The slide mounted specimens are deposited at the Entomological and Zoological Section, Department of Soil, Plant and Food Sciences (DiSSPA), University of Bari Aldo Moro, Italy (UNIBA) and at the United States National Insect & Mite Collection Smithsonian Institution, located in the Systematic Entomology Laboratory (SEL), USDA, Beltsville, Maryland, USA (USNM).
Six dorsolateral setae on opisthosoma (c3, d3, e3, f3, h2, h1). Palps four segmented. Setal formula: 0-1-2-2: palp trochanter without setae, palp femur with 1 dorsal seta, palp genu-tibia with 2 setae and palp tarsus with 2 sensory setae. Leg setal formula (coxae to tarsi): I 2-1-4-3-5-8(1ω), II 2-1-4-3-5-8(1ω), III 1-2-2-1-3-5, IV 1-1-1-0-3-5. Leg chaetotaxy as follows: coxae I-II each with two setae (1b, 1c and 2b, 2c respectively); coxae III-IV each with one seta (3b and 4b). Trochanters I-II-IV each with one seta (v′); trochanter III with two setae (l′, v′). Femora I-II with four setae (d, l′, v′, bv″); femur III with two setae (d, ev′); femur IV with one seta (ev′). Genua I-II with three setae (d, l′, l″); genu III with one seta (l′); genu IV without setae. Tibia I-II with five setae (d, v′, v″, l′, l″); tibia III-IV with three setae (d, v′, v″). Tarsi I-II with eight setae and each with one long and tapering solenidion; tarsi III-IV with five setae (ft′, tc′, tc″, u′, u″). Ventral plate with two setae (ag-ag); genital plate with 2 pairs of setae (g1 and g2); anal plate with 2 pairs of setae (ps1 and ps2).
As per C. pterinus species group, in addition to the following. Color in life red with a presence of dark circular spots in the middle of opisthosoma. Body ovate to elliptical (sensu Beentje 2010), wider posteriorly and narrower anteriorly. Anterior margin of propodosoma always smooth, partly reticulate with elongate cells. Cuticle of propodosoma with strong, broad polygonal and weak areolae medially placed. Sublateral cuticle of propodosoma with reticulation forming large cells posteriorly. Dorsal opisthosoma completely reticulate: dorsocentral, from c1-c1 to the end of e1-e1 with reticulation forming large polygonal to elongated cells. Sublateral cuticle of opisthosoma with polygonal, vertical and elongate cells. Metapodosoma almost smooth, with weak transverse striae medially between coxae III. Ventral reticulation between coxae IV can vary from polygonal to elongate (almost smooth) cells. Ventral plate with small, polygonal to elongate cells; genital plate with elongate to polygonal cells. Both plates developed and sclerotized, surrounded by four transverse and large bands. Propodosoma and opisthosoma with well-developed lanceolate and plumose setae.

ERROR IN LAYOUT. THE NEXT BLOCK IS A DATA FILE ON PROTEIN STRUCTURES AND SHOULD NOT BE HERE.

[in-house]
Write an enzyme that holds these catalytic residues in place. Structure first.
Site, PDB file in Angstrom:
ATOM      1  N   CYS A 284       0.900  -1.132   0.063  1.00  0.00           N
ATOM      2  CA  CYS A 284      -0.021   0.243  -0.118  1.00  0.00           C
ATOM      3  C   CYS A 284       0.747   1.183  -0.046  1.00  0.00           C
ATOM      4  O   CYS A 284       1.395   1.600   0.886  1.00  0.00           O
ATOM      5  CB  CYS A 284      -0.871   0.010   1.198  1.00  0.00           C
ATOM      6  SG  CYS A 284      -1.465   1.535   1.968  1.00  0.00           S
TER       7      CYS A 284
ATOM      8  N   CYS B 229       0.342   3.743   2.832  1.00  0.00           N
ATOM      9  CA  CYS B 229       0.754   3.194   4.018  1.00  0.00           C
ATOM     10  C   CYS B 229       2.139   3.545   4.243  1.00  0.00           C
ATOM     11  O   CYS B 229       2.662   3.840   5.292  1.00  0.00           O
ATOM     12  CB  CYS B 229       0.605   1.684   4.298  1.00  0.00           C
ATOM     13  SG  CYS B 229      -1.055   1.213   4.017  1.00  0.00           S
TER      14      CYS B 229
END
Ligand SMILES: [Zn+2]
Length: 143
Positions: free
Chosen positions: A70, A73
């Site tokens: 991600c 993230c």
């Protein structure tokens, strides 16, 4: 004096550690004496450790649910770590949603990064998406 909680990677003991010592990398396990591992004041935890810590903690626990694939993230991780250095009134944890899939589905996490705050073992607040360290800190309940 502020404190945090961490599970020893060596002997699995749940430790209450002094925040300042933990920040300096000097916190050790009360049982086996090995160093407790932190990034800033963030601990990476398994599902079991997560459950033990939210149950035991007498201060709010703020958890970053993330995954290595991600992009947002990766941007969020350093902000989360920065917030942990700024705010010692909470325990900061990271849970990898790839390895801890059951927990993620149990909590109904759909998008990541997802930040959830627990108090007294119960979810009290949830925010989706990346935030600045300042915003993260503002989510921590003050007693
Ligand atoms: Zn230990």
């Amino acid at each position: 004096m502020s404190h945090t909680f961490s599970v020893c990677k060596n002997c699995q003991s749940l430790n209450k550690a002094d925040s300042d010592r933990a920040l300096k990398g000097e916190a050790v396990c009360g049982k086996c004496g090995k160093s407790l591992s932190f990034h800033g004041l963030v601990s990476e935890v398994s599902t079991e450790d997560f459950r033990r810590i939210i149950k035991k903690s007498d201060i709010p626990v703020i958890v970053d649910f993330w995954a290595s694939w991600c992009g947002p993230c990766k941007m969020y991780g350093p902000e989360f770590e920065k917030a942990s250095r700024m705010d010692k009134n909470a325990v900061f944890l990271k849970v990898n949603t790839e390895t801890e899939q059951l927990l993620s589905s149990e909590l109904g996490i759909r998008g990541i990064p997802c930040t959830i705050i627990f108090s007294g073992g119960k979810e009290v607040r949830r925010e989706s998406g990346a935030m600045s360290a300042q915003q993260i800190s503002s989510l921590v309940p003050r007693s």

ISRAEL: Newe Ya'ar, ex. R. officinalis L. (Lamiaceae), collector E. Recht, 30 Nov. 2016, 2 males, 2 females, deposited in USNM 2 slides.
ITALY: Ecotekne-Lecce (Southern-Italy) 40°20′14″ N 18°06′17″ E, 30 m, ex. twigs and leaves of R. officinalis L. (Lamiaceae), collector de Lillo Enrico, 5 Feb. 2019, 3 deutonymphs, 1 male, 7 females, deposited in DiSSPA (3 deutonymphs, 1 male and 2 females slides) and USNM (2 females slides and 3 females stored from Cryo-SEM); Bitetto (Southern-Italy) 41°02′24″ N 16°44′29″ E, 140 m, ex. stem and lower leaf surface of R. officinalis, collector De Giosa Marcello, 13 Sep. 2019, 2 deutonymphs, 17 females, deposited in DiSSPA (1 deutonymph and 11 females slides) and USNM (1 deutonymph and 3 females slides and 3 females stored from Cryo-SEM); Bari (Southern-Italy), intercepted at New York, leaves of R. officinalis, collected in 1962, 2 females, deposited in USNM 1 slide.
MEXICO: Mexico City, leaves of R. officinalis, intercepted at Chicago Airport (CHI036746), collector M. Krosniak, 26 Mar. 2009, 1 male, 1 female, deposited in USNM 2 slides.
Dorsum. (Figures 2a, 3a, 4) Body length 275-286  including the gnathosoma and distance between setae v2-h1 242-258  excluding gnathosoma; propodosoma width 130-143 and opisthosoma width 109-169. Dorsal setae: v2 29-44 , sc1 25-31 , sc2 38-48 , c1 34-47 , c2 36-39 , c3 37-39 , d1 42 , d3 37-45 , e1 27-28 , e3 35-37 , f3 31-33 , h2 21-26 , h1 14-18 . Distance between dorsal tubercles v2-v2 38-73, sc1-sc1 36, sc2-sc2 133, c1-c1 61, c2-c2 133, c3-c3 150, d1-d1 45, d3-d3 140, e1-e1 31, e3-e3 126, f3-f3 105, h2-h2 77, h1-h1 32.
Microplates. (Figures 5a-5b) Mostly separated individually, some fused, rounded to oblong shape.
Venter. (Figures 2b, 3b) Ventral setae: 1a 64-75, 1b 31-32, 1c 16-19, 2b 19, 2c 22-28, 3a 18-26, 3b 14-15, 4a 59, 4b 13-14, ag 16-21, g1 11-12, g2 12-15, ps2 5-6, ps3 13-15. Distance between ag-ag 24, g1-g1 11-12, g2-g2 42, ps2-ps2 19, ps3-ps3 26. Ventral setae 1a and 4a longer than others and lanceolate, smooth and fine. Ventral setae (ag-ag) more barbed than genital and anal setae (g1, g2, ps2, ps3).
Gnathosoma. (Figure 6a) Subcapitulum long, extending almost to level of distal end of femur I. Subcapitulum with two subcapitular setae m: length 11-13 , distance between tubercles m–m 27.
Palps. Setal formula for palps as in diagnosis of Cenopalpus pterinus species group. Palp tarsus with 1 solenidion (8)  and 1 eupathidia (4-5) . Femur seta mostly plumose and lanceolate; genu-tibia setae long, smooth and lanceolate.
Spermathecal apparatus. (Figures 6b, 7a-7b) The shape varies from long narrow convoluted duct, often not visible, with duct ending with a membranous, bulbous lobe or small rounded vesicle.